QSD8250, QSD8650, MSM8255. What do these letters and numbers mean to you? Probably not much unless you’re a chipset nerd like us, who spends a lot of time reading Qualcomm’s Wikipedia page. But for the average consumer (or even the average techie) these weird model numbers couldn’t be more meaningless. And that’s a problem. In today’s world, even chipset makers like Qualcomm need to market their products to the average consumer.
In order to that, Qualcomm will now start to classify its Snapdragon chips by systems. In the S1 category we have last-gen 1 GHz chips that power mass market smartphones. On the S2 tier we have single-core high performance chips that run at speeds of up to 1.4 GHz. Moving on to dual-core processors, we have the S3 chips, which can run at speeds of 1.5 GHz. Devices powered by S3 chips include the HTC EVO 3D and Sensation 4G. Finally, we have the S4 system. This include those Krait-based chips that will arrive early next year. With up to 2.5 GHz speeds and four CPUs, these are the chips you want to keep an eye out for.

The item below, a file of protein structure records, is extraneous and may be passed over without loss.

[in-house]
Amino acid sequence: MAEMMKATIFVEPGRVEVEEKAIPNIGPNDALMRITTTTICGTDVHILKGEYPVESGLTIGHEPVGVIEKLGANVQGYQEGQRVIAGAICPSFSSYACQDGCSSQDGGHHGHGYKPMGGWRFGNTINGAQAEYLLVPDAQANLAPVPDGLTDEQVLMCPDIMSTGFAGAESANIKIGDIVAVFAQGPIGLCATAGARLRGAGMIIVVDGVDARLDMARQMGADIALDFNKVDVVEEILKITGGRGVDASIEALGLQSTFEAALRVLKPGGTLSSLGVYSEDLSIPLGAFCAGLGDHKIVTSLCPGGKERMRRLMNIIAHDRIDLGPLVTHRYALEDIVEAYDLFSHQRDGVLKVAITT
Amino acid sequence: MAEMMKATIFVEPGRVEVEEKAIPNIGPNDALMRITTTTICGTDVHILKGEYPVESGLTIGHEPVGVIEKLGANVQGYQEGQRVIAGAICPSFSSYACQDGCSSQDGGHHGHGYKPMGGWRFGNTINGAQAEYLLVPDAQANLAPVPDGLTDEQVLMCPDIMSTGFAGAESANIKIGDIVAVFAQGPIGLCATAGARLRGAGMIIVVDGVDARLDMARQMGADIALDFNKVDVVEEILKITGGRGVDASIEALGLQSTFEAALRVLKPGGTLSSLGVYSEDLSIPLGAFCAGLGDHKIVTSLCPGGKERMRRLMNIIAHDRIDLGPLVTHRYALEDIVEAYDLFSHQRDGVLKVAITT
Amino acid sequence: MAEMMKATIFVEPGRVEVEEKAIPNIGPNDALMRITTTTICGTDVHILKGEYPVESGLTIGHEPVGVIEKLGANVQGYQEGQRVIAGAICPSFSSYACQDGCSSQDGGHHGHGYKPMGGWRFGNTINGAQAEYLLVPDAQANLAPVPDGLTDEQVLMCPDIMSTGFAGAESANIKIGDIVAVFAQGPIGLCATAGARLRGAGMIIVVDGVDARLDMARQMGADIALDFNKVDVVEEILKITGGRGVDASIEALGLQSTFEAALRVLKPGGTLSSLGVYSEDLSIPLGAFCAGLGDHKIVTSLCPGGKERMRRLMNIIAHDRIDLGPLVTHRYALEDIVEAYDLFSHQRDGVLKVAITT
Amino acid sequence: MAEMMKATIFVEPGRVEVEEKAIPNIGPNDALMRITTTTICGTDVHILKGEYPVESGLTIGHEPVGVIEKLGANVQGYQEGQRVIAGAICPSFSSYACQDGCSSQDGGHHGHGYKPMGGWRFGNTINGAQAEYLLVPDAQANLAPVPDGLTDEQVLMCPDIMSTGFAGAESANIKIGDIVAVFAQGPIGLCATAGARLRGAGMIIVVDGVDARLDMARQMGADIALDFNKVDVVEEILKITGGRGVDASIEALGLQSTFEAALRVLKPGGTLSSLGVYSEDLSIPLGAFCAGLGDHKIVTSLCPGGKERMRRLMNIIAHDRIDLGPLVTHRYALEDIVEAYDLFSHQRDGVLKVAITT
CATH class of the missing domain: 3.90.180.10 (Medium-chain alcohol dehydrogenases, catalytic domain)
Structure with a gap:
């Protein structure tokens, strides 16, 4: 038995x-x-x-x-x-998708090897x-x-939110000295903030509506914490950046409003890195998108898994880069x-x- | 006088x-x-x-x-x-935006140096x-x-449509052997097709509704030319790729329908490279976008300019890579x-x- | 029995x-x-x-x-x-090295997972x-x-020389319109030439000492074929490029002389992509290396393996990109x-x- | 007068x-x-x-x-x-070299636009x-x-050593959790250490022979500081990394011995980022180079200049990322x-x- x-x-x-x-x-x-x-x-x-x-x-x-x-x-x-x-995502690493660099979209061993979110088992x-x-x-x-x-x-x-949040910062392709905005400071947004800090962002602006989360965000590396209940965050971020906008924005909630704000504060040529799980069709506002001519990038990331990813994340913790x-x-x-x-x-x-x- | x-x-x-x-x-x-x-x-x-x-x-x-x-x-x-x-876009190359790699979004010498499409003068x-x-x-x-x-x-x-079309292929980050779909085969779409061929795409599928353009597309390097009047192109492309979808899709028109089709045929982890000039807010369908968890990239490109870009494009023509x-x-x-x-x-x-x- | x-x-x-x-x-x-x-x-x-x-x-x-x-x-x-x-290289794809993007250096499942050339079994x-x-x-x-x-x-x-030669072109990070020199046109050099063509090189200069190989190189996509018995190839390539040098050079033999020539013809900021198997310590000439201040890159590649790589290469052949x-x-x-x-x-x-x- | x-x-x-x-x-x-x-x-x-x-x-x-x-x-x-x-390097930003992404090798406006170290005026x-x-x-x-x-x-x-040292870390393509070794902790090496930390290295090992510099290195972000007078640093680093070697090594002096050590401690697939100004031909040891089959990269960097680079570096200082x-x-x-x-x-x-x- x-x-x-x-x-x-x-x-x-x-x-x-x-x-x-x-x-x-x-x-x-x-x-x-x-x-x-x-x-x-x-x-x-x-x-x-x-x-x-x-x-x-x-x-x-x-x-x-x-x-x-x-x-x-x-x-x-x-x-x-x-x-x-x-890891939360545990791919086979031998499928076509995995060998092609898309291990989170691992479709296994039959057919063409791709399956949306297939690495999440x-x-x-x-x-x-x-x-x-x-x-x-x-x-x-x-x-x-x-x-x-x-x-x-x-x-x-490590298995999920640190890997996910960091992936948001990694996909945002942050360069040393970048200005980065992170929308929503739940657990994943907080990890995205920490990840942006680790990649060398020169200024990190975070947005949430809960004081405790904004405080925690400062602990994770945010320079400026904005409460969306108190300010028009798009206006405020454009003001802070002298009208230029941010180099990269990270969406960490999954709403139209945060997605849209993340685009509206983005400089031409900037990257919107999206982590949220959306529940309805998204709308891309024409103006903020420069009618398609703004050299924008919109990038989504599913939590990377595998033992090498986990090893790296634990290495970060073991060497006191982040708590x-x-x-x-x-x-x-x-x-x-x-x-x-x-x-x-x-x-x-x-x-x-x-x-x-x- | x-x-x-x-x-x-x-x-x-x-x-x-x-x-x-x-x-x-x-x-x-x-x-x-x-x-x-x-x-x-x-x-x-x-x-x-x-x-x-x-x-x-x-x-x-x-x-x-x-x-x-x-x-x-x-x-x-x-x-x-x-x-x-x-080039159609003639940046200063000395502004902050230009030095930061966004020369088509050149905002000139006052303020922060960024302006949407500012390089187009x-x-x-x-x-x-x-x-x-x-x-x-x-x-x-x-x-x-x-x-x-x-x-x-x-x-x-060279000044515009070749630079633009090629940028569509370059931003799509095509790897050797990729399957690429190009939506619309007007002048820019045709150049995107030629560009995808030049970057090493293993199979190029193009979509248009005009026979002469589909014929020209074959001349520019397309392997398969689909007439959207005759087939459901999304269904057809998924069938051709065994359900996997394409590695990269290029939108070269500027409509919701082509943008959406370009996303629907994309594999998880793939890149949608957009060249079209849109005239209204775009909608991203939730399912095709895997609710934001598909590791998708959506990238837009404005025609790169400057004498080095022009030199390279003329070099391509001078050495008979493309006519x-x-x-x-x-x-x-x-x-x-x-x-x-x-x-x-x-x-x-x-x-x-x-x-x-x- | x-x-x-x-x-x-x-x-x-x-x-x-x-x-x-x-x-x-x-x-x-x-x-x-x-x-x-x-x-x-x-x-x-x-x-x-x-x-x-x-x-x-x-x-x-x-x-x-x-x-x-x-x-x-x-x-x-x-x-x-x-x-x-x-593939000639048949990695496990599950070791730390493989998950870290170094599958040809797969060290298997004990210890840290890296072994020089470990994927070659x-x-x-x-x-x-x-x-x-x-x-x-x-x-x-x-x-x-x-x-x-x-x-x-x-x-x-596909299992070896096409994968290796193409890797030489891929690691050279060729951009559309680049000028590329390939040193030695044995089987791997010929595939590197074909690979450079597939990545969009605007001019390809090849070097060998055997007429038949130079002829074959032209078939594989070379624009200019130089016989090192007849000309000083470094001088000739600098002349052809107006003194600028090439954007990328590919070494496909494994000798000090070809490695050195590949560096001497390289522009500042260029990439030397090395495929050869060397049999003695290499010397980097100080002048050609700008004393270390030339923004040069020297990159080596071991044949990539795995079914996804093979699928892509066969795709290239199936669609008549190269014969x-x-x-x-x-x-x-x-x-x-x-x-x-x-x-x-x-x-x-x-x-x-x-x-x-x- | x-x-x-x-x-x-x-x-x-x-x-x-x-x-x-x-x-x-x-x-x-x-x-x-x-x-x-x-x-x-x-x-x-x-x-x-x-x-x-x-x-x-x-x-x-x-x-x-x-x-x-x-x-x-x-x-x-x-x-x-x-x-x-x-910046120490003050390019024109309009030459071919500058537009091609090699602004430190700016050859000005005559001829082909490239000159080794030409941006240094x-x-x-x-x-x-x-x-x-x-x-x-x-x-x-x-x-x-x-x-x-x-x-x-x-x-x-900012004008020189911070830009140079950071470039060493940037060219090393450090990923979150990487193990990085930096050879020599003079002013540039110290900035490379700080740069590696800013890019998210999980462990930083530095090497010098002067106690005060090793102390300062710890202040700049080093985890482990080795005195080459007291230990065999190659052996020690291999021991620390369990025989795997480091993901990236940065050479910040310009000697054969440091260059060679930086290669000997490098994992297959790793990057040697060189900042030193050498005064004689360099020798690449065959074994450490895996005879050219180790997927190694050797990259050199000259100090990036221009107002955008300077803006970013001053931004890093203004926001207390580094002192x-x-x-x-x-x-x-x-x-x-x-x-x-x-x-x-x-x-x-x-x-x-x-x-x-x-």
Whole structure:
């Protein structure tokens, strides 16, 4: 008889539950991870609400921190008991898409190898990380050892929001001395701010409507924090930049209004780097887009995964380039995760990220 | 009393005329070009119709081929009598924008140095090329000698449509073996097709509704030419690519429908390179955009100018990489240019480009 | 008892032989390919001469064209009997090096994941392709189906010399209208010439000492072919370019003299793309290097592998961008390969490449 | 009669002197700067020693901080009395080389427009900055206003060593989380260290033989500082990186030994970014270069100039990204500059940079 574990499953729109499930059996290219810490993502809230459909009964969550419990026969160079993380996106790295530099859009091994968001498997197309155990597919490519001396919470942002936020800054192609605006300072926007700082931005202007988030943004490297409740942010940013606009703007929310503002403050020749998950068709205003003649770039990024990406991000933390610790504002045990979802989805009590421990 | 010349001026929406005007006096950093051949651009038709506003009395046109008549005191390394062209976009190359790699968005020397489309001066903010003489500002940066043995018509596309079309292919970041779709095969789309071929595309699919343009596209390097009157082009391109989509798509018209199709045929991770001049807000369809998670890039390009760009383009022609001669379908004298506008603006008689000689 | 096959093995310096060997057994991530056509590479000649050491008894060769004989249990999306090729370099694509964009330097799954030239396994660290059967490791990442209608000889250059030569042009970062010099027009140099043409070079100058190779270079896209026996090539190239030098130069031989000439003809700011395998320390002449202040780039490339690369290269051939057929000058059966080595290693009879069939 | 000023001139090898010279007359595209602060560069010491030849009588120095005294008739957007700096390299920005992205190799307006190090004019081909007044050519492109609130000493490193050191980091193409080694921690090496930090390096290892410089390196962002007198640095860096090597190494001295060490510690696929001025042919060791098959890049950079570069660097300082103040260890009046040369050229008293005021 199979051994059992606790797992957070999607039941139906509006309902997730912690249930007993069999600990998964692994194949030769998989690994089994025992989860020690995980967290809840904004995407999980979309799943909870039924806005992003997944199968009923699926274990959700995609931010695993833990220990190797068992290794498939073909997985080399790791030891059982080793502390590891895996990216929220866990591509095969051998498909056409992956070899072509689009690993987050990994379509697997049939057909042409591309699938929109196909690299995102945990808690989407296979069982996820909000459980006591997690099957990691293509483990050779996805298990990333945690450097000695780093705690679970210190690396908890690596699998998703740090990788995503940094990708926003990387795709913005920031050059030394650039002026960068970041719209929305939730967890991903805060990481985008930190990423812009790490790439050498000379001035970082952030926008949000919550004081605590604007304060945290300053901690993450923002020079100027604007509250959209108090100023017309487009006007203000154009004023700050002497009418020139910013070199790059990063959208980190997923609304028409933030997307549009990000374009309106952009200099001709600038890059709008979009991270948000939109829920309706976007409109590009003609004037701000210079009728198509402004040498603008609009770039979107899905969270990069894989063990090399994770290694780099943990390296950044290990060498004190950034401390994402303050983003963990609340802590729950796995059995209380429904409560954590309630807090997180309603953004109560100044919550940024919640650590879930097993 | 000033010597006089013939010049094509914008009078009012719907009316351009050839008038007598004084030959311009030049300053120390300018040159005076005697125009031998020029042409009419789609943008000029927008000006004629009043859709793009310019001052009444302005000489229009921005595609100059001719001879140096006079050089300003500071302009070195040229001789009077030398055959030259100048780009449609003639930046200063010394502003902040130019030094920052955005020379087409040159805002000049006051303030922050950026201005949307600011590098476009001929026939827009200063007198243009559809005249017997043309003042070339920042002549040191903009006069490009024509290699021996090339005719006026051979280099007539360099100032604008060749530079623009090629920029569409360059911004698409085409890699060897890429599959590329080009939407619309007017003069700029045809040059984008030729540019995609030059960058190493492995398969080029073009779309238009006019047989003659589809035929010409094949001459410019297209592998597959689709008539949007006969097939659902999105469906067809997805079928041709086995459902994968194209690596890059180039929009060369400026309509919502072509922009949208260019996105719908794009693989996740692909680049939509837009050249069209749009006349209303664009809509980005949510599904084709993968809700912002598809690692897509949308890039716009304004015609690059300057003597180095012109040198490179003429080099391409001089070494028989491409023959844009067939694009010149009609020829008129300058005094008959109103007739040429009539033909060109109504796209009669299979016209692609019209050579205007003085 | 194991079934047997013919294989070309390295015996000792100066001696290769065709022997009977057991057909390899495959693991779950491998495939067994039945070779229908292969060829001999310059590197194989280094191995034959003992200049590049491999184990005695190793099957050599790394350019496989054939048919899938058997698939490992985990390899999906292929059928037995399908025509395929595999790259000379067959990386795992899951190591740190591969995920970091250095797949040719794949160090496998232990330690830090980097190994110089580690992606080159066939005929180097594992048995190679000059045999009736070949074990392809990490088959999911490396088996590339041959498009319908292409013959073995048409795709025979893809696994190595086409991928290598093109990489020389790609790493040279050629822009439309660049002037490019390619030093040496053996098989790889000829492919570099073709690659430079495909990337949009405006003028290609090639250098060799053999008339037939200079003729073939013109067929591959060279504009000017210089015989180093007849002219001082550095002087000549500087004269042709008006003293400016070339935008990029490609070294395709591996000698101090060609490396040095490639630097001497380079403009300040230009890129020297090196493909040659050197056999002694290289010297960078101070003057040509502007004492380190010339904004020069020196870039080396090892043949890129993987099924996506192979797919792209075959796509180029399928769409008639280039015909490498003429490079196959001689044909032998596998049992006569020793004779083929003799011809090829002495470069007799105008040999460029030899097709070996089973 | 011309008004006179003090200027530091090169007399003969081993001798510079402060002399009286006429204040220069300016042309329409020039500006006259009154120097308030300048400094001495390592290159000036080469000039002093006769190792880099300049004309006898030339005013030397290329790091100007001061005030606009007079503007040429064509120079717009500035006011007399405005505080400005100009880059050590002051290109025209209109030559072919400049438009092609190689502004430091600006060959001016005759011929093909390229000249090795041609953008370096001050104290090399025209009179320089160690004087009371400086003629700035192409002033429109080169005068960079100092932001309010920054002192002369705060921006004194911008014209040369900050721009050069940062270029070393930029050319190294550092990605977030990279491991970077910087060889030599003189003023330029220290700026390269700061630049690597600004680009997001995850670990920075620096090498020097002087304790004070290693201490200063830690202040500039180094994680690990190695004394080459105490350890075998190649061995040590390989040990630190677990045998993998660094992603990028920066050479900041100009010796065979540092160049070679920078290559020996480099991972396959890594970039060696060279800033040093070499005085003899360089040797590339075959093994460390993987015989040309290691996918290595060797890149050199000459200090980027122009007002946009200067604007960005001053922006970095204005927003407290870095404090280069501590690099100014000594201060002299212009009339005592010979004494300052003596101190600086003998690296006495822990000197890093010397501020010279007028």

Once Qualcomm announces new chips, they’ll be branded as S6, S7, S8 and so on. S1 chips will always be S1 chips. I don’t know about you, but I can’t wait to get my hands on some sweet 5 GHz 16-core S10 goodness.
While this “rebranding” doesn’t necessarily kill the old model numbers, it’ll certainly make it much easier to compare Snapdragon chips to each other. You’ll know that, if you have a S4 chip inside your device, it’ll most likely be superior to your friend’s S3-powered phone.
Having said that, I don’t see my mom or dad bragging about their Snapdragon S3 phones anytime soon. But hey, at least we chipset enthusiasts will be able to keep our sanity from now on.